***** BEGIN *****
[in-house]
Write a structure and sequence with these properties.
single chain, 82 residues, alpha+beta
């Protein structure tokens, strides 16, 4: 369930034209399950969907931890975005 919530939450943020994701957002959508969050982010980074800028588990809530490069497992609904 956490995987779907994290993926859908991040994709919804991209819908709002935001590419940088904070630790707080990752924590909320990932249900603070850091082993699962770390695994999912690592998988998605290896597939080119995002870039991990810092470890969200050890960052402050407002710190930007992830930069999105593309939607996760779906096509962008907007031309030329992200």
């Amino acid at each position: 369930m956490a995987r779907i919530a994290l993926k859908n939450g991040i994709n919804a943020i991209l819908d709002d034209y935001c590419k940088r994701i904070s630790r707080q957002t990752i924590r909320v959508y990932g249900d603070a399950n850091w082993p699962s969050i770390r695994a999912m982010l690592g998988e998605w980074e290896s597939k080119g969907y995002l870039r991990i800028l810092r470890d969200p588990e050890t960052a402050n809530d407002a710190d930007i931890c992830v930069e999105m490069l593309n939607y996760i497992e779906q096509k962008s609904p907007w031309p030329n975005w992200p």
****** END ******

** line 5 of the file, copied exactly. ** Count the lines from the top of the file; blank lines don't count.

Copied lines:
């Amino acid at each position: 369930m956490a995987r779907i919530a994290l993926k859908n939450g991040i994709n919804a943020i991209l819908d709002d034209y935001c590419k940088r994701i904070s630790r707080q957002t990752i924590r909320v959508y990932g249900d603070a399950n850091w082993p699962s969050i770390r695994a999912m982010l690592g998988e998605w980074e290896s597939k080119g969907y995002l870039r991990i800028l810092r470890d969200p588990e050890t960052a402050n809530d407002a710190d930007i931890c992830v930069e999105m490069l593309n939607y996760i497992e779906q096509k962008s609904p907007w031309p030329n975005w992200p």